Updated November 2004
The vast majority of female rabbits develop cancer of the uterus (womb) in middle age, unless they are spayed.
The problem…. and that statistic
"80% of female rabbits get uterine cancer" … sounds familiar? That's because this statistic has become something of a mantra amongst houserabbit enthusiasts, keen to encourage rabbit owners to have their female rabbits spayed. To some people, the 80% figure sounds so dramatic, they assume it has been plucked from thin air for propaganda purposes.
But it hasn't. Nor is it a guess. In fact, the 80% figure comes from a study conducted more than 40 years ago (Greene, 1958). Although the information was published in the scientific literature, it doesn't seem to have been taken on board by vets and rabbit experts until the houserabbit movement gained momentum in the 1990s.
So how did this astonishing fact get overlooked for a whole generation, before being brought to prominence by the Americans in the early 1990s?
With the benefit of hindsight, we can perhaps make an educated guess. Firstly, knowing that most female rabbits would develop uterine cancer in middle age was all very well, but there was very little anyone could do about it. Improvements in rabbit anaesthesia and peri-operative care over the past few years have made routine spaying a reality, but not so long ago rabbit surgery was deemed so high-risk it was rarely performed electively.
Secondly, even if vets had been technically able to safely spay female rabbits, the client demand was not there. Rabbits were typically low-status, low-cost children's pets, or breeding/meat animals. Expensive surgery to remove the uterus of female rabbits would not have been contemplated for the former, and was irrelevant to the latter.
It was the houserabbit movement starting off in the USA that started a revolution - promoting the concept of pet rabbits as members of the family, suited more to adults than children, and deserving of high quality preventative health care. By the mid 1990s, the UK rabbit scene was on board, the uterine cancer statistics were in the arena, and the veterinary profession got on board, learning how to anaesthetize rabbits safely and neuter them routinely.
From an evolutionary perspective, rabbits are not designed for longevity. Wild rabbits are considered old at two years of age, and only a fraction pass beyond four. In short, wild female rabbits die long before uterine cancer develops and hence the disease is not a survival disadvantage to the species. It's not known exactly why the uterus of a female rabbit is programmed to self-destruct in this way. Presumably it's the penalty paid for high levels of circulating hormones earlier in reproductive life (rabbits are programmed to breed, well, like rabbits!) and the way uterine tissue responds to these hormones.
The type of cancer we are talking about is an adenocarcinoma - a malignant tumour of glandular tissue. It is an aggressive type of cancer, that tends to metastasise (spread) to other parts of the body, especially the lungs.
Uterine cancer is the commonest cancer of rabbits, and is the end point of a gradual process becoming much more common with increasing age. The classic study (Greene, 1958) which is so widely quoted in houserabbit circles showed 4% of does had uterine cancer age 2-3 years of age, rising to 80% at 5-6 years. It doesn't make any difference whether the doe has been bred from or not (Adams, 1962) or what breed she is.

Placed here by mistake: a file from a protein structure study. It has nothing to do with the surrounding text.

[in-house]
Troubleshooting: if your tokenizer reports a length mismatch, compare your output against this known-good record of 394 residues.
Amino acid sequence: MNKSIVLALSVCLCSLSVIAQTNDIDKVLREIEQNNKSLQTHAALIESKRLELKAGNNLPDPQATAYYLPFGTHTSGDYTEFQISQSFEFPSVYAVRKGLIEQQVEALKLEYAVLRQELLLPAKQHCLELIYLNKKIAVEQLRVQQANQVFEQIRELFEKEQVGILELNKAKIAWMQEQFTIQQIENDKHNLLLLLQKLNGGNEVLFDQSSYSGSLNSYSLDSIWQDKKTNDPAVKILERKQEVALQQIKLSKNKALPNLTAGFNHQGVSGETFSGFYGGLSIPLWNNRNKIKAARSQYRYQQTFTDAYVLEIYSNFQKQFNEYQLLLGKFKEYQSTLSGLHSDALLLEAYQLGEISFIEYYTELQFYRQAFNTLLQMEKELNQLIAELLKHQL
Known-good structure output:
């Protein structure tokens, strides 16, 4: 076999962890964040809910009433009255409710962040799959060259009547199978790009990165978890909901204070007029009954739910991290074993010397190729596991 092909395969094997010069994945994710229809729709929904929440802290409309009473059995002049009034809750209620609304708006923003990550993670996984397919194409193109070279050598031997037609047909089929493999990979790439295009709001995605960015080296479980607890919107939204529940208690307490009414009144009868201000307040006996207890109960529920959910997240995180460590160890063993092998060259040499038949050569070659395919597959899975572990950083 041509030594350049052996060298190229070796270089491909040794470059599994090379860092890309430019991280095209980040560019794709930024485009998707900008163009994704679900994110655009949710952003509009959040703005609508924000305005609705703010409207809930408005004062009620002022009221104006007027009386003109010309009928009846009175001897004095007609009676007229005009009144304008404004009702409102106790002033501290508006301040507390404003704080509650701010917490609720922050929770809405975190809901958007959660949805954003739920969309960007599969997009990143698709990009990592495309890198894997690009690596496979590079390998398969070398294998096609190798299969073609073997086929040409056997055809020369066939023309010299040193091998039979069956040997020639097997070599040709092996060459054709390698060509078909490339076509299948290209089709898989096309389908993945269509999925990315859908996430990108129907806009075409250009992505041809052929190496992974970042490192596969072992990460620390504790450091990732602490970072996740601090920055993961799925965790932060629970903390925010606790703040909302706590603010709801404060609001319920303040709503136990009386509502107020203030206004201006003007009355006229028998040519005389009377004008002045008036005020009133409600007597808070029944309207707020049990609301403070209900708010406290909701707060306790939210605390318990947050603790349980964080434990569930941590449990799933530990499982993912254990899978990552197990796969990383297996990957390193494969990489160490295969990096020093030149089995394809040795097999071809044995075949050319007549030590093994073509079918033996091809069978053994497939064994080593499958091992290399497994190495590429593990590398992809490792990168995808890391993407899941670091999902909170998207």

Commercial rabbit breeders are unlikely to retain breeding females long enough for uterine cancer to become an issue. But for "hobby" rabbit breeders - many of whom keep favourite older does - uterine cancer can have an impact upon breeding performance.
Breeding females who develop uterine cancer "invariably" have a history of reproductive disturbance in the 6-10 months prior to the tumour becoming detectable by palpation. Typical problems are reduced litter size, stillborn litters, and does deserting their litters. Dystocia (difficulty giving birth); retaining fetuses in utero; abdominal pregnancy; and fetal resorption are all more likely when uterine tumours are developing. The tumours are usually multiple and the growth rate varies widely. Some grow large rapidly; others remain small, but throw off metastases and spread to other parts of the body such as the lungs. The time from detection of the tumour to death from metastases ranges from 12 to 24 months.
It's worth mentioning that the original studies were in lab or meat rabbits - not pets. But vets in both Britain and America, spaying rabbits routinely over the past few years, report that they are finding abnormal uteruses in a high proportion of slightly older pet rabbits, confirming that the findings of these 40-year-old studies are just as relevant in pet rabbits today.
The next question is how to tackle the problems posed by this common and deadly disease.
Greene, HSN 1958 Adenocarcinoma of the uterine fundus in aged rabbits. Am J. Pathol. 68: 653-56
Adams, WM Jr 1962 The natural history of adenocarcinoma of the uterus in the Phipps rabbit colony. N. Med. Sci Thesis, Henry Phipps Institute, Univ of Pennsylvania, Philadelphia.
Percy, DH and Barthold, SW Pathology of laboratory rodents and rabbits Iowa State University Press 1993, pp 222-224
Manning, PJ; Ringler, DH; Newcomer Christian, P The Biology of the Laboratory Rabbit pp 262-266 2nd edition 1994 San Diego Academic Press.
This article was first written in 1998 by Linda Dykes MBBS (Hons) and Owen Davies BVSc MRCVS, and the authors wish to thank Sally Walshaw MA, VMD (then the American veterinary advisor to the British Houserabbit Association; now based in Canada) who kindly conducted the literature search necessary to compile this article. It was revised by Dr Linda Dykes and Judith Brown BVM&S MRCVS, in November 2004.
Copyright - Linda Dykes 2004
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